Pneumonia is an infection of the lungs with a possibility of causing serious and life-threatening disease. It’s normally caused by a bacterial, viral, or fungal infection etc.
During the illness, the tiny air sacs inside lungs fill up with fluid making it difficult to breathe and causing cough.
Pneumonia can occur at any age, but it is most dangerous for older adults, babies, people with other diseases, and those with weakened immune systems. It is the leading cause of death due to infection in children younger than 5 years of age worldwide.
What can cause pneumonia?
Bacteria and viruses are the main causes of pneumonia. They can be passed on through coughing and sneezing or spread onto shared objects through touch. Pneumonia-causing germs can settle in the alveoli and multiply after a person breathes them in.
Then the body sends its police (white blood cells) to attack the foreign invader. This is why the air sacs become filled. The bacteria and viruses fill the lung sacs with fluid and pus, causing pneumonia.
Who is likely to have pneumonia?
Those who are most at risk include:
- People who are under age 5 or over age 65
- People who smoke tobacco, consume large amounts of alcohol, or both
- People who have previous medical conditions such as cystic fibrosis, chronic obstructive pulmonary disorder (COPD), asthma, or conditions that affect the kidneys, heart, or liver
- People who have a low immunity, due, for example, to HIV, or cancer
- People who take medicines for heartburn may get “aspiration pneumonia”
- People who have recently recovered from a cold or influenza infection
- People who are experiencing malnutrition
- People who have been recently hospitalized or in an intensive care unit may get “Hospital-acquired pneumonia”
- People who have been exposed to certain chemicals or pollutants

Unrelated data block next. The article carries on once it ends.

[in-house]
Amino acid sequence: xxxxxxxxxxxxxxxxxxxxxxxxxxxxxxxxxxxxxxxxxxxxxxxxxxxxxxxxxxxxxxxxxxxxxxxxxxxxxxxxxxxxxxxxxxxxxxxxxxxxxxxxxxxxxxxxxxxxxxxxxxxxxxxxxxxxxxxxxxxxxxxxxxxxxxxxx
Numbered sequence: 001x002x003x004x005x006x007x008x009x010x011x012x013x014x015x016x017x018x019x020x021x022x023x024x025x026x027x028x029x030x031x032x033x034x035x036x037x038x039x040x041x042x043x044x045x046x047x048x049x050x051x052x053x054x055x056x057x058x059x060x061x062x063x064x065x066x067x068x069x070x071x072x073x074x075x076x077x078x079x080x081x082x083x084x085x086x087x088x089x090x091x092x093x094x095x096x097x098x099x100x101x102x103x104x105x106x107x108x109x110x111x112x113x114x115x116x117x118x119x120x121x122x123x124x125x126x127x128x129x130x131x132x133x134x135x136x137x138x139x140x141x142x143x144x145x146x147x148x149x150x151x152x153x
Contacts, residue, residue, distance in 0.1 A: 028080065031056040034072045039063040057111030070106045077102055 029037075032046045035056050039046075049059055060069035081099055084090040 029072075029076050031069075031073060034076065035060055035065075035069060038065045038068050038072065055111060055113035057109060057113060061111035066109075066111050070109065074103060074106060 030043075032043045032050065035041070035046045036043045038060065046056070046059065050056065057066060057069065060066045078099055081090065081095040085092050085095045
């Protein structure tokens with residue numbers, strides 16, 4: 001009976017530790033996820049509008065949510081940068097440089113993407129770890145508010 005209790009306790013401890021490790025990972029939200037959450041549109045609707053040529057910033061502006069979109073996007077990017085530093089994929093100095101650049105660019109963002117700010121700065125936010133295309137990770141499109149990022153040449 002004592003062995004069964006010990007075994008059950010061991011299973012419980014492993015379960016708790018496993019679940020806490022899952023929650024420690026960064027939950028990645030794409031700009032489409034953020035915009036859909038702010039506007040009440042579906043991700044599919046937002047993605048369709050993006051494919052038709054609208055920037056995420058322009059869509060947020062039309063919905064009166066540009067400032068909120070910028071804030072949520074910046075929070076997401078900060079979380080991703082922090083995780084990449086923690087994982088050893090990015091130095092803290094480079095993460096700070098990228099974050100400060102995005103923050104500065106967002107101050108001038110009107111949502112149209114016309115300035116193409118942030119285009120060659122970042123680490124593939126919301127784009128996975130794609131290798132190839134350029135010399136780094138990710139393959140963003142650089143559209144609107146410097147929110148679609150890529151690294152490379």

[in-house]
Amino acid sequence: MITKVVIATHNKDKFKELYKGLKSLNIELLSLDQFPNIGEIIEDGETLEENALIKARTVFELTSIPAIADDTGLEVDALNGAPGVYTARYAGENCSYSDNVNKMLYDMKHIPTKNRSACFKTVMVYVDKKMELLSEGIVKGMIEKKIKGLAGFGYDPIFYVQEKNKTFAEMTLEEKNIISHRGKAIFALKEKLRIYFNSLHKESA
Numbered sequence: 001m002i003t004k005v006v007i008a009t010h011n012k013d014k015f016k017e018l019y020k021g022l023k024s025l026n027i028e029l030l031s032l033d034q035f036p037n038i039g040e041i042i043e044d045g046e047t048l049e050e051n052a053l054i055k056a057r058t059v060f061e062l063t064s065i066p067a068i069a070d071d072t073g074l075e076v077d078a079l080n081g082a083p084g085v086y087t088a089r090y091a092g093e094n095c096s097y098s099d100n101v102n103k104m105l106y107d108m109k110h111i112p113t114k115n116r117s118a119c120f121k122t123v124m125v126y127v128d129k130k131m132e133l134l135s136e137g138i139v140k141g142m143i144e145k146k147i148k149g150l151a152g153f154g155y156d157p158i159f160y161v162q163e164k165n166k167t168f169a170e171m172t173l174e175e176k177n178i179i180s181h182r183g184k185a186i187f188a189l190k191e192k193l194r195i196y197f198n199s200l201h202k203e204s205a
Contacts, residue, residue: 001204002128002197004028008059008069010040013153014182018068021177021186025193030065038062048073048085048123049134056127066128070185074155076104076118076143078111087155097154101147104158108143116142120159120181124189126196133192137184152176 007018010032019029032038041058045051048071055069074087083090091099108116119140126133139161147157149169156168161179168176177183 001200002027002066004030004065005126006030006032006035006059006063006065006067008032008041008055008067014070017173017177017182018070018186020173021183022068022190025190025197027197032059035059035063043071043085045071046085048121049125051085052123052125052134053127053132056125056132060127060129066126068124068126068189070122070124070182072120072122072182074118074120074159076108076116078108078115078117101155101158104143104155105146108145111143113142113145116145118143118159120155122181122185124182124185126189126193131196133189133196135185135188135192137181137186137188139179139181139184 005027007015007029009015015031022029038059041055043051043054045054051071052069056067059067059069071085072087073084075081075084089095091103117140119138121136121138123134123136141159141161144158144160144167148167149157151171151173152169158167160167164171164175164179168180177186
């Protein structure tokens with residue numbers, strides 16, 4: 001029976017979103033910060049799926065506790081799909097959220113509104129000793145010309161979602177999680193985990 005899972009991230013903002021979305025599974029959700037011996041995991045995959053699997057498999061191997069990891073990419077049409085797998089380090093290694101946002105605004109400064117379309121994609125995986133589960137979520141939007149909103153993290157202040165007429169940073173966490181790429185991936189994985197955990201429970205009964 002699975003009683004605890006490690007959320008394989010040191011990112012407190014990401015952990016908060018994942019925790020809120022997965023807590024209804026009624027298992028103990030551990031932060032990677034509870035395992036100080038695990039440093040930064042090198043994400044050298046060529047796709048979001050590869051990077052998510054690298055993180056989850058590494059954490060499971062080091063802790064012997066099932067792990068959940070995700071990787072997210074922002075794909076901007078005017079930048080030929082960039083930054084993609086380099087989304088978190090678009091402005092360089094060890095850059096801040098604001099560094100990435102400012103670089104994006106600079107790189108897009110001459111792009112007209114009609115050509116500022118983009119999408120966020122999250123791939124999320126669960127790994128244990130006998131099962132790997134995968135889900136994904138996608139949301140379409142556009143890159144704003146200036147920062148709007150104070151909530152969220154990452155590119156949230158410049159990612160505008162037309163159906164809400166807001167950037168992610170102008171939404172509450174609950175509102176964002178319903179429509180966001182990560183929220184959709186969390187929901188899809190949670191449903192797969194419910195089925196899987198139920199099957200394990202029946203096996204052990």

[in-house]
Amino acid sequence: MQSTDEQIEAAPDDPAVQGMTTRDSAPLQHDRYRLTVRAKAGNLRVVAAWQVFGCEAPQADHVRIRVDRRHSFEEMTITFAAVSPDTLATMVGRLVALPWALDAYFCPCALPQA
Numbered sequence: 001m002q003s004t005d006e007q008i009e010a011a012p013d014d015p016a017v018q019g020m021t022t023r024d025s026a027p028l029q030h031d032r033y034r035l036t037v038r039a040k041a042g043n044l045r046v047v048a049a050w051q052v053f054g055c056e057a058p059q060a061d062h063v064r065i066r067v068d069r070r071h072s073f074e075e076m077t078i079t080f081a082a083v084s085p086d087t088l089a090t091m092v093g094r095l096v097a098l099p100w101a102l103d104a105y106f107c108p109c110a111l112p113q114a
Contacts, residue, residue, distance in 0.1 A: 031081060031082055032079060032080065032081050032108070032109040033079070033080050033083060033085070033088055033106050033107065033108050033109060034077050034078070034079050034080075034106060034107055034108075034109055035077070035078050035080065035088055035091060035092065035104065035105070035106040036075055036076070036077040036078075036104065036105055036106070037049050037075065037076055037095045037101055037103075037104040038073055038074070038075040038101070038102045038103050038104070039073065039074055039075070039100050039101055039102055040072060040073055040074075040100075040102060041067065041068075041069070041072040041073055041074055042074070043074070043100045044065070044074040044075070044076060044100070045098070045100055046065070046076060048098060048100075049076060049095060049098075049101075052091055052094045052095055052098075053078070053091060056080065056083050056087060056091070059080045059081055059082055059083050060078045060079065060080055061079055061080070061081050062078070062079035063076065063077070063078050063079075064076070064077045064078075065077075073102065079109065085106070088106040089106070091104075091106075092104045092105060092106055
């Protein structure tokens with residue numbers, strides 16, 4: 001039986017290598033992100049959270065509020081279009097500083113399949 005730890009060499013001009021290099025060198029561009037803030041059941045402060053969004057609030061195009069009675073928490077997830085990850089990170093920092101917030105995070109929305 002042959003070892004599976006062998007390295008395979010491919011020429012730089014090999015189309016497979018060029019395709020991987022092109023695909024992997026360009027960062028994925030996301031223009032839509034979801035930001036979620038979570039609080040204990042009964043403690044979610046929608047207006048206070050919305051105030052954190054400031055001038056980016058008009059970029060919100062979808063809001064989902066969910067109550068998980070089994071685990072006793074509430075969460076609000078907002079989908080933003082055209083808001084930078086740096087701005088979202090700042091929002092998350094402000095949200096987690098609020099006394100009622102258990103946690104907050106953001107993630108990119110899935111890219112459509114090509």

Pneumonia? Signs to watch out for
The first symptoms of pneumonia usually resemble those of a cold or flu. The person then develops a high fever, chills, and cough with sputum.
Most common and typical symptoms of pneumonia include:
- A cough
- Reddish-brown or green sputum coughed up from lungs
- Fast breathing and shortness of breath
- Shaking chills
- Chest pain that usually worsens when taking a deep breath
- Fast heartbeat
- Fatigue and weakness
- Nausea and vomiting
- A headache
- Muscle pain
- Confusion, especially in older adults
- Purplish skin colour, or pale skin, from low oxygen in the blood
Children; signs to look out for
In most children, the immune system can protect them from pneumonia. If a child does develop pneumonia, it is usually due to a virus.
- Difficulty breathing
- Not feeding properly
- A child less than 5 years may complain of pain in their chest, and they may vomit after coughing.
When you notice any of the above signs, please go your doctor for treatment!
How Can Pneumonia Be Diagnosed?
A doctor will ask about your symptoms and medical history and will carry out a physical examination. Also, you may need an additional examination such as X-ray, blood test, and look into your lungs through a camera called bronchoscope etc.